In recent decades, minority business development programs have elicited both praise and criticism. Advocates argue that programs have been historically—and are currently—necessary to “level the playing field” and create opportunities for minority business and growth, addressing challenges presented by a historical legacy of oppression and socio-economic exclusion of women and minorities. Proponents also cite job creation and general economic growth as benefits and incentives for funding minority business initiatives. On the other side of the debate, critics cry “reverse discrimination,” dependency and “big government.” The question of minority assistance and “set-aside” programs has risen to the Supreme Court, and there are now strict legal standards for Federal, state and local programs.
Critics also argue that the agency’s functions overlap with those of the Small Business Administration and that the two should be merged to cut “wasteful” spending. Supporters argue that the two agencies’ programs do not overlap or duplicate one another, and that each has a unique mission and range of services. MBDA has, however, had some difficulty with establishing itself as a distinct and independent entity in the public eye.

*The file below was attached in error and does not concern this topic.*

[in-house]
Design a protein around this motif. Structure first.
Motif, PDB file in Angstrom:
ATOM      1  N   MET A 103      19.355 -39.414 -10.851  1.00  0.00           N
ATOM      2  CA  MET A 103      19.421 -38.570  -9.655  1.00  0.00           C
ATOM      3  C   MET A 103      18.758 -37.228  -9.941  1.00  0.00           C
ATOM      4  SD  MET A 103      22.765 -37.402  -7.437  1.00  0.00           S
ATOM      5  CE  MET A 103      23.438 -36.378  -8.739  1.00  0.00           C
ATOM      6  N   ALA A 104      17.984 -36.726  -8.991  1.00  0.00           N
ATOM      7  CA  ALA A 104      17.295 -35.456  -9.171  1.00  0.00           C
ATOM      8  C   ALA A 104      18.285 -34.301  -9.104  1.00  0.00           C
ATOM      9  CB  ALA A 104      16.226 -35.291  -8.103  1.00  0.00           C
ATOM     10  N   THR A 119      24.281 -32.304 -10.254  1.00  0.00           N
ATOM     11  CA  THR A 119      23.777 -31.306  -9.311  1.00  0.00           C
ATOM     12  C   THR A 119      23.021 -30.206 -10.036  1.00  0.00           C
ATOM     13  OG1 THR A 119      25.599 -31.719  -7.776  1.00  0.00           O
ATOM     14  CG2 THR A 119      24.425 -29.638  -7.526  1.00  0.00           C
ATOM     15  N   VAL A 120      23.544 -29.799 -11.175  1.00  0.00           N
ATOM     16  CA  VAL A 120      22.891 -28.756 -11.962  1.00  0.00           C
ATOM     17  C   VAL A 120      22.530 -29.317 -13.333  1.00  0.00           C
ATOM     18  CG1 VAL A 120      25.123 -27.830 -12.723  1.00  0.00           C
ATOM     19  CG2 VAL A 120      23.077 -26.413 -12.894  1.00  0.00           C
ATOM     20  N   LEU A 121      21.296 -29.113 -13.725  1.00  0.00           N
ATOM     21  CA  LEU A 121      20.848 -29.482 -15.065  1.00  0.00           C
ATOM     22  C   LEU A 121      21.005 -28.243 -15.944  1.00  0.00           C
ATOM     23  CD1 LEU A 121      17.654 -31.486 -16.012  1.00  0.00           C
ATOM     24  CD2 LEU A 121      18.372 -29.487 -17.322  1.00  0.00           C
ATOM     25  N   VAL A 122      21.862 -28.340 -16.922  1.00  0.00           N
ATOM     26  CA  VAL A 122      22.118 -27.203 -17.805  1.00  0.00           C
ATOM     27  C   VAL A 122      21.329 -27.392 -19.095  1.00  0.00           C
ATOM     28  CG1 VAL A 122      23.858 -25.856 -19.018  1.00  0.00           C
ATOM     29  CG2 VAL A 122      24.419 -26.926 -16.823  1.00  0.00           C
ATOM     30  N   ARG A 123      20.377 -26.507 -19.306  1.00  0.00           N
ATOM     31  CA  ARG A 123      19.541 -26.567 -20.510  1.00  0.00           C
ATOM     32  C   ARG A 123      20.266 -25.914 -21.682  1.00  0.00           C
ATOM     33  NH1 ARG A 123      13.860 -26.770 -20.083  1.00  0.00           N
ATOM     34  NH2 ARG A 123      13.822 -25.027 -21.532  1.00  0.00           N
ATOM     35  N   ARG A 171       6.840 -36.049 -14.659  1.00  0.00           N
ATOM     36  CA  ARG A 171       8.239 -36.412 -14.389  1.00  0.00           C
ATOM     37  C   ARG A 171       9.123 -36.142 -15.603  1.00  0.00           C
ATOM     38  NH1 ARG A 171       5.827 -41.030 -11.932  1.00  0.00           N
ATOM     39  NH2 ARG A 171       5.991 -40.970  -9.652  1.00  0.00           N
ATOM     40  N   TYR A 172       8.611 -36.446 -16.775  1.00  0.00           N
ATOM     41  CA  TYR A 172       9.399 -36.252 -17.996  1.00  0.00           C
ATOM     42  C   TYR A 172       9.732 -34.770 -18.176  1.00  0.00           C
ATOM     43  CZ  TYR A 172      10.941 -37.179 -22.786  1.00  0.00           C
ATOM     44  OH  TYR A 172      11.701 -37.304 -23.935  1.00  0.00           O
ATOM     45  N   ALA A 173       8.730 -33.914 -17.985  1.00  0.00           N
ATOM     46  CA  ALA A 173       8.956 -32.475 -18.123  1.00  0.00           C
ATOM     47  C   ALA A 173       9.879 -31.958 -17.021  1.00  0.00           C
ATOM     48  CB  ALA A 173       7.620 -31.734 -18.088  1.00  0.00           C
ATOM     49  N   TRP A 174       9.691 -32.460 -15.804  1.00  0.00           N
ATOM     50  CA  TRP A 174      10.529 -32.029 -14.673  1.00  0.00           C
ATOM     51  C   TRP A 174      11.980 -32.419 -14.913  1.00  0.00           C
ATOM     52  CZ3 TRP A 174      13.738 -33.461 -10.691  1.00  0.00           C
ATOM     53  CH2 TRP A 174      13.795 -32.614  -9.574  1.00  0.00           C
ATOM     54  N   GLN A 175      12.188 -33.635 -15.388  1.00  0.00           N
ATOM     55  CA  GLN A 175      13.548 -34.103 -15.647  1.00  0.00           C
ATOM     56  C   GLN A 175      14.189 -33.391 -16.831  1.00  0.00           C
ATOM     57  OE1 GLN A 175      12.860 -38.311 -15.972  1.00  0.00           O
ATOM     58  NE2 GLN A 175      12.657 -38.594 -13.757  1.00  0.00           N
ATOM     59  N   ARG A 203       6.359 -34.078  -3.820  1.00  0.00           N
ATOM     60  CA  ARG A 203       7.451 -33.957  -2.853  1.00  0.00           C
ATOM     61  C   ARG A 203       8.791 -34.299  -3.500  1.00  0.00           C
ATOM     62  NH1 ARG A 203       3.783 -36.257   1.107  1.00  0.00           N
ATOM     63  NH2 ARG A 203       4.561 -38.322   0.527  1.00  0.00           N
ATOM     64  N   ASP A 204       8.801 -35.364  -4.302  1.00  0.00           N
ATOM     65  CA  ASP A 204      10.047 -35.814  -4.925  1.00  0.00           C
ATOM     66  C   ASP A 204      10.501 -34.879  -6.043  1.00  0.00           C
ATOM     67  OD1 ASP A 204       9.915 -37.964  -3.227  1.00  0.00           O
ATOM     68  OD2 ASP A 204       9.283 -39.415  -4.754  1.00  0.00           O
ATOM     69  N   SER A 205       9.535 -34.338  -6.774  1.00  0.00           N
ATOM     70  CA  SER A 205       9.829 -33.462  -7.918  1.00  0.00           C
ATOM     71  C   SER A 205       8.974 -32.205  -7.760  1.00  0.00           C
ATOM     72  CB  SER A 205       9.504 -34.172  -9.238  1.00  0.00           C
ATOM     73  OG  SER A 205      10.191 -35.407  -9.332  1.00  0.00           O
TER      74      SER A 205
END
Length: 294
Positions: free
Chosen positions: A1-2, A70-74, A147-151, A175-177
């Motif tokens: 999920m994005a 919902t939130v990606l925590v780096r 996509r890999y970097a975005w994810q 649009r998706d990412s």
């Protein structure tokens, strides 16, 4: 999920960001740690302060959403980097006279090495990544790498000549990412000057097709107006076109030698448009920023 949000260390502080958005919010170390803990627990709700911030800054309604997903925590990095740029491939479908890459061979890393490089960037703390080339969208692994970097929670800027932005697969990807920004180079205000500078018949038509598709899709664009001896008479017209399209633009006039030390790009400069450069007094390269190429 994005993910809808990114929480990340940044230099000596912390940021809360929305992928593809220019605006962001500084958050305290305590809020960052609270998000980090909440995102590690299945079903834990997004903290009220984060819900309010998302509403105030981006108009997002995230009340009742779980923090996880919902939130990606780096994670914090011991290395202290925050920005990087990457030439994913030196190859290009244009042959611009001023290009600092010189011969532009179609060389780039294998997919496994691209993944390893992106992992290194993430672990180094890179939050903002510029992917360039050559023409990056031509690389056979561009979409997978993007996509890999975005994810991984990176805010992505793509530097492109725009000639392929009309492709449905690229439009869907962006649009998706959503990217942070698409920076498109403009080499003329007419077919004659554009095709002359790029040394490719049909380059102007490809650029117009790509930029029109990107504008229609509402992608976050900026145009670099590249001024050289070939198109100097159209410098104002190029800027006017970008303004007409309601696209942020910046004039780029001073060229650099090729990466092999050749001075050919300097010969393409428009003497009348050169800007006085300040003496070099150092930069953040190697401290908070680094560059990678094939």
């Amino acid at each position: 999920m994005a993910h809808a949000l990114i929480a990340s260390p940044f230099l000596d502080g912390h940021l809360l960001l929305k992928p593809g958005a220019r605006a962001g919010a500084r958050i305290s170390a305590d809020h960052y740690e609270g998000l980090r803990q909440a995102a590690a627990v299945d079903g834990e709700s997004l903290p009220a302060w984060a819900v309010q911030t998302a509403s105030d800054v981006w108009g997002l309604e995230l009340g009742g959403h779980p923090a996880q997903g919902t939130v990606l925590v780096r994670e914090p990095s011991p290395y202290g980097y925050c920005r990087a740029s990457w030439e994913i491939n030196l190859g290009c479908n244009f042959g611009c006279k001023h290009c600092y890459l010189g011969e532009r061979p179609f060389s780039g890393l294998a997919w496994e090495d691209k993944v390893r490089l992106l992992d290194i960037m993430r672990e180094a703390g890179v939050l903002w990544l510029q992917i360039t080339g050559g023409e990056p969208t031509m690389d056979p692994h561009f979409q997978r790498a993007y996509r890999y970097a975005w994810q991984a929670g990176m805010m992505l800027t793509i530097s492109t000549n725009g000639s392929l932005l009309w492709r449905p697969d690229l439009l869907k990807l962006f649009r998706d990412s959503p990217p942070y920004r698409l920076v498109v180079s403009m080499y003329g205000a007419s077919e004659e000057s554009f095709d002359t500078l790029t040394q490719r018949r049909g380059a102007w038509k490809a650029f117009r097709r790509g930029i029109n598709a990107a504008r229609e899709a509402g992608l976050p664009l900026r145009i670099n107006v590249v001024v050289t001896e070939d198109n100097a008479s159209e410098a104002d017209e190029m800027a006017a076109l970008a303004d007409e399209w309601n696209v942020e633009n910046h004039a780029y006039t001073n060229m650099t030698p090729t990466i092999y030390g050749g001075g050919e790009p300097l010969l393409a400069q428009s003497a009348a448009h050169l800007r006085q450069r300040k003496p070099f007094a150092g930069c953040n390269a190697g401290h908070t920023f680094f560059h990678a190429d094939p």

From the Cato Institute:

“Minority Business Development Agency (1997 appropriation: $28.0 million)

. The Minority Business Development Agency attempts to promote the development of minority-owned businesses through the provision of management and technical assistance and assistance in gaining access to capital. MBDA activities often focus on helping minority-owned businesses chase government contracts. To encourage the development of minority-owned businesses, the federal government should instead focus on removing the many government impediments to the formation and growth of minority firms, such as unnecessary regulations and the onerous burden of taxation.”



Suggested Reforms  

SBA Proposal Sparks Differences of Opinion (by Becky Gillette, Mississippi Business Journal)



Congressional Oversight  
Former Directors  

lee merritt - 5/16/2012 3:58:14 PM              
can you help with loans for minority businesses?